April 29, 2010 – It’s All Over But the Crying for Greece

Featured Trades: (GREECE)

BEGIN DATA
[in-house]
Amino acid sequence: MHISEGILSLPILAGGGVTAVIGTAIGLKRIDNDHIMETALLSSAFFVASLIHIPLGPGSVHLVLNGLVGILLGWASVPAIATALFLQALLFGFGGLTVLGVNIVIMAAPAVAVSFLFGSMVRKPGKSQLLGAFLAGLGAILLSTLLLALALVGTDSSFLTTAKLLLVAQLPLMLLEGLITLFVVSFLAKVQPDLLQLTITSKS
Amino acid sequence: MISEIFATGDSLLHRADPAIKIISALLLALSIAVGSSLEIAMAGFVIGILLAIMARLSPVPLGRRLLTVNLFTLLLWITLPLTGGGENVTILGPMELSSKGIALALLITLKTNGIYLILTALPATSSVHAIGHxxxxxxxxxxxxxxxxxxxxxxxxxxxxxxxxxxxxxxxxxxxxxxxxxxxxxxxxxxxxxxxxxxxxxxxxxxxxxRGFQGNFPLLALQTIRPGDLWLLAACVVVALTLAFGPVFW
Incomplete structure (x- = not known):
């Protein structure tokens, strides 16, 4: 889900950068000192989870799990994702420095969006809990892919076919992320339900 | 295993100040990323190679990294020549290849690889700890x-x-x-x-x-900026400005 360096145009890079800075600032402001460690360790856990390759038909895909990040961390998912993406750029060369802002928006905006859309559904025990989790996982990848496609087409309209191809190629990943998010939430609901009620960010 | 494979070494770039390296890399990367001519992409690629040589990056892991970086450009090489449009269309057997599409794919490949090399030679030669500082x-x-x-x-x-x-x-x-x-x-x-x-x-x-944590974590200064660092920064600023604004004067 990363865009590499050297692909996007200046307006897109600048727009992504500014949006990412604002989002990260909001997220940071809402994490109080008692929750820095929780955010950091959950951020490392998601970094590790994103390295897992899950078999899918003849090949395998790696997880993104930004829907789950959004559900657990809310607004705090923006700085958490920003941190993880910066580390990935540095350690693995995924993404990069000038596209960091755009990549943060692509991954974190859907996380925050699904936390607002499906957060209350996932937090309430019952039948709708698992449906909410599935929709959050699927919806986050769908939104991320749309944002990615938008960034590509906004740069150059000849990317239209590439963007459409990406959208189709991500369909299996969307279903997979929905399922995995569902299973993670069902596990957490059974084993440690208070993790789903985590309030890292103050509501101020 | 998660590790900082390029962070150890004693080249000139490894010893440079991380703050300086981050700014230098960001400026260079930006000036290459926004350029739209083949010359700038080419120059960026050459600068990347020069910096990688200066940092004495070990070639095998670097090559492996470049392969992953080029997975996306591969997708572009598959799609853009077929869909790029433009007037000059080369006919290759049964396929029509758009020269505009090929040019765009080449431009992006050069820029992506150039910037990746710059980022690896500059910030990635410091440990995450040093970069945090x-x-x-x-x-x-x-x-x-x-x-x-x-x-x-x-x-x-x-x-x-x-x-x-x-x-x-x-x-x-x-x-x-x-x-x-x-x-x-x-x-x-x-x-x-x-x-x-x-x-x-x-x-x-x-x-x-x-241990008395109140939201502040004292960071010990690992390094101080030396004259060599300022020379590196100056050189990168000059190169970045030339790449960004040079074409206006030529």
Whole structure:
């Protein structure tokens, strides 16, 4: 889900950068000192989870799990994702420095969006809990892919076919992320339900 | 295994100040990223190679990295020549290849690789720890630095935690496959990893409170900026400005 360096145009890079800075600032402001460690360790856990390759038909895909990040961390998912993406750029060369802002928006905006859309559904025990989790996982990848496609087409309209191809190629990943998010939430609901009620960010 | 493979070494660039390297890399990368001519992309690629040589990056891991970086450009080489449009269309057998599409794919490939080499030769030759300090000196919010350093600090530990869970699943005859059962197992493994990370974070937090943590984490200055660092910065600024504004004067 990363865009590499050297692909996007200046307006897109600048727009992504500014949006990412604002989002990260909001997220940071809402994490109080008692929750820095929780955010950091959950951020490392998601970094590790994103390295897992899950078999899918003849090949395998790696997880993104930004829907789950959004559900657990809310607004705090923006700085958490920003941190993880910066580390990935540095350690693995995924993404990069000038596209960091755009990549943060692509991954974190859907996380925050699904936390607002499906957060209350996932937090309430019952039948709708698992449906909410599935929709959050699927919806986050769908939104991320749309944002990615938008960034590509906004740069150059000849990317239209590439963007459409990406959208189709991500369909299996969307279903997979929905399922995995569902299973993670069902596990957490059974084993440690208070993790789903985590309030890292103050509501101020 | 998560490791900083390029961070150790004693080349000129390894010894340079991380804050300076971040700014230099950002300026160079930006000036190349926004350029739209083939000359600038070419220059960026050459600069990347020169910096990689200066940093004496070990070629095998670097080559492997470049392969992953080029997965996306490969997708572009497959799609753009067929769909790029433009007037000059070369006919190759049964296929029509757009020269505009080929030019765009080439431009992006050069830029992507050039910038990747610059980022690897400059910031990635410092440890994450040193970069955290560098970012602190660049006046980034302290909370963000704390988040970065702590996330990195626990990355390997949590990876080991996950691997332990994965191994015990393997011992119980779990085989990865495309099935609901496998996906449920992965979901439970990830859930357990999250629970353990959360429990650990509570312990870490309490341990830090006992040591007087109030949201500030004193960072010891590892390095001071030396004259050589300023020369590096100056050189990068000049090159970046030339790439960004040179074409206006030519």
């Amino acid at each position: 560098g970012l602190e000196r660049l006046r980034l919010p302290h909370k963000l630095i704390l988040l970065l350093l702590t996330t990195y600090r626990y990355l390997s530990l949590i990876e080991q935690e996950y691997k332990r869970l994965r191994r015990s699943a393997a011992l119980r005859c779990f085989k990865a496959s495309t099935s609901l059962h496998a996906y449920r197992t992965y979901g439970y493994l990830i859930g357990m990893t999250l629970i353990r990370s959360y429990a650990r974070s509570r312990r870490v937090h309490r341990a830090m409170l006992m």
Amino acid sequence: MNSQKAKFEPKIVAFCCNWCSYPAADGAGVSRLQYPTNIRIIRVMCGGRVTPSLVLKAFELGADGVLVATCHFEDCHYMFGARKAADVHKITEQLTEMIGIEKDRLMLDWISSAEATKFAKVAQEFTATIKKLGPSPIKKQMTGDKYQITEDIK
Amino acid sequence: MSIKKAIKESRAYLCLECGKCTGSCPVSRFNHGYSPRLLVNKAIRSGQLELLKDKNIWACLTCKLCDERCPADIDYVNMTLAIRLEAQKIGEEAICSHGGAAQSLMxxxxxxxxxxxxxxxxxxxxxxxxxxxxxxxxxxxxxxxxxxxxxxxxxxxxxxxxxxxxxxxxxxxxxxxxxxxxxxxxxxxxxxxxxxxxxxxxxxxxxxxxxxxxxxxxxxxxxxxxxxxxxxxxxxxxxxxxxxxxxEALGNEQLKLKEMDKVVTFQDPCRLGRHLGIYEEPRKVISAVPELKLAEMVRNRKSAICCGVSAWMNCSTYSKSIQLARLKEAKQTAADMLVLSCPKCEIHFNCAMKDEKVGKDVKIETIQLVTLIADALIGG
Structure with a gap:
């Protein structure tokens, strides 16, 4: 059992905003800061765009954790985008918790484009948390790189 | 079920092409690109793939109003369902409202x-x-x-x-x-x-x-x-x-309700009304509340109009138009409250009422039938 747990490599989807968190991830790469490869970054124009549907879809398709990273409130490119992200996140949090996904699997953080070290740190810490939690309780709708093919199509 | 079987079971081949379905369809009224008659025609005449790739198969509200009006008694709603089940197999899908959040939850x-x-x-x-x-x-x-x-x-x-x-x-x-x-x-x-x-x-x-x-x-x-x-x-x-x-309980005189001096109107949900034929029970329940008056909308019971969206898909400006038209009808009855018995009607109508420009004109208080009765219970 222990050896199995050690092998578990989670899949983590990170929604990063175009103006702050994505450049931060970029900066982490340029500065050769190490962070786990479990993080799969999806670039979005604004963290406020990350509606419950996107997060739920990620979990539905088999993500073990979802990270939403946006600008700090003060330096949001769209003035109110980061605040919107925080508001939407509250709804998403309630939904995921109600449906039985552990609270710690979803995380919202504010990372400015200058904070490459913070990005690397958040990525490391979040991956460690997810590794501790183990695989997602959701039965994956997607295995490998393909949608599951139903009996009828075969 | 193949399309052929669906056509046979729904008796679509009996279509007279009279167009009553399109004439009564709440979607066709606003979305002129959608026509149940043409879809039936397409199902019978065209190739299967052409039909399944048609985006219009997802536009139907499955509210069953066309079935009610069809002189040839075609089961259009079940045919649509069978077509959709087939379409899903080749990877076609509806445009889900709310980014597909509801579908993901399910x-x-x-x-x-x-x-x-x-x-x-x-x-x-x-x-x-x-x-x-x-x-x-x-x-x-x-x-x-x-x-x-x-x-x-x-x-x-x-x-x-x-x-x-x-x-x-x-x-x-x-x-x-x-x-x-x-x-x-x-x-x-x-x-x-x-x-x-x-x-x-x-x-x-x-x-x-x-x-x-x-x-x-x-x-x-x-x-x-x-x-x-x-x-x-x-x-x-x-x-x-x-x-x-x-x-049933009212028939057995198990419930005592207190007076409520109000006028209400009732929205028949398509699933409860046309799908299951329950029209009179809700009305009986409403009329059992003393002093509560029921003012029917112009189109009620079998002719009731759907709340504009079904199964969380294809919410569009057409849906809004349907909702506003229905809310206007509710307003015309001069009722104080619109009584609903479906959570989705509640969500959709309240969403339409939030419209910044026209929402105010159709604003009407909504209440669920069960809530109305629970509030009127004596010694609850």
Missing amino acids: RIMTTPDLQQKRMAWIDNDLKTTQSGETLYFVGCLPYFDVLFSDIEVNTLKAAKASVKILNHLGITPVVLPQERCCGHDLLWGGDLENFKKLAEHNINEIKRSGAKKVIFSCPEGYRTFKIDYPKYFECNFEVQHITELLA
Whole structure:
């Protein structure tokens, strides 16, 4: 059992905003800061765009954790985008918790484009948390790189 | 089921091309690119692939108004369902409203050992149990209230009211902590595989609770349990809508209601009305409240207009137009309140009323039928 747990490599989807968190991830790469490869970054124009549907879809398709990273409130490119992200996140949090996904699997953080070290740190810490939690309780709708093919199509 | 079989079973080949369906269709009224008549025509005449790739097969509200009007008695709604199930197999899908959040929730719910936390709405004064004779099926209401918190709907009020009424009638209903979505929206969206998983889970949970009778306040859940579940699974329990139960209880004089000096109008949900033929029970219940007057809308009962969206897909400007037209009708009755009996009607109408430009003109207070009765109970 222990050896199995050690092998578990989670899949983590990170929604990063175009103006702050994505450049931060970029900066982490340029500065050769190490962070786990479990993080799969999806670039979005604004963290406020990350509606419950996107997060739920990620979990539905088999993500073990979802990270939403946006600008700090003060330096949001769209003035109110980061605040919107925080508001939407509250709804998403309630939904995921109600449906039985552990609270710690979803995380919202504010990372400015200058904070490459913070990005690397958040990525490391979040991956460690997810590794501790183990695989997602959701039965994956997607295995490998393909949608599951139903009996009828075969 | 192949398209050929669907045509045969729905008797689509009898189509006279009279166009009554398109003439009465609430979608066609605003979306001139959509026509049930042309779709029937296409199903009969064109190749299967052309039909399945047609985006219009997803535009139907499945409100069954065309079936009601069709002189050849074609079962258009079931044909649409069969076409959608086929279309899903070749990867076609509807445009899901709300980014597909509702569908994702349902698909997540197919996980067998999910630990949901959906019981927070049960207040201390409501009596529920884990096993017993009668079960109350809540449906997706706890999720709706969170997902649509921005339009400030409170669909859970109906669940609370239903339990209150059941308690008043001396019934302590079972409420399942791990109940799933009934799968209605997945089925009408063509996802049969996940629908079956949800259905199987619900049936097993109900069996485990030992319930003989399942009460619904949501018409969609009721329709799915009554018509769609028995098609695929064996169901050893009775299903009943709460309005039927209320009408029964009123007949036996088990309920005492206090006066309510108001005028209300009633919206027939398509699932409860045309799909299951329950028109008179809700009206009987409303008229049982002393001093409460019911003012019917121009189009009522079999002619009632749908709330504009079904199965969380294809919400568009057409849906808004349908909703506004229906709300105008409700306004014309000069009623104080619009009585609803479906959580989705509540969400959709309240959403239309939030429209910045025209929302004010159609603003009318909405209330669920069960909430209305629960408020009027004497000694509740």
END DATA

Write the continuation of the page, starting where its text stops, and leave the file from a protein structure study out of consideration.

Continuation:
1) It's All Over But the Crying for Greece. The home of Socrates and Plato is so deep under water with its finances that only three years of Great Depression conditions could bring them back into balance. Yesterday, Standard & Poor's downgraded the beleaguered nation's debt to junk, causing the yield on its two year debt to soar to a staggering 17.8%. Greek bonds can no longer be accepted as collateral by banks. Short selling was banned on the Athens stock exchange today. There is word today of a‚¬45 billion IMF bailout package, which at best, is a token gesture. Germany is certainly not willing to put up the necessary money, no matter how many Mercedes, BMW's and Volkswagens the Greeks buy. Even if they did cough up, it would only kick the can down the road for a couple of years. But something has to be done to keep the contagion spreading to Portugal, whose credit default swaps are already trading through the roof, as well as Spain, Ireland, Italy, and Heaven forbid, the United Kingdom. That would shrink the EC down to a rump that comprises the old European Coal and Steel Community. It would also flush the euro down the toilet. 'No, no, no, no, no', as inspector Clouseau might say, this would not suit the French. Personally, I don't think the European currency is going to disappear, or even deprecate beyond the $1.20's. But, you'd be hard pressed to find a foreign exchange trader who believes that these days.  One option is to kick Greece out of the EC and bring them back in after rehab, at a lower exchange rate with an independently audited set of books. In this event, losses on Greek debt would amount to 50%-70% of face value. The Germans would rather bail out their own banks than olive-and-feta-cheese-eating foreigners who have a 35-hour work week and a retirement age of 55. Don't think for a second that because all of this is happening on the other side of the world, none of this will affect the US. Who do you think wrote all of those credit default swaps on the PIIGS? It may also be encouraging the Fed to keep interest rates lower for longer, as it whistles past the graveyard. Better plan your summer vacation elsewhere this year. Rioting in the streets does not make for fun family vacations.

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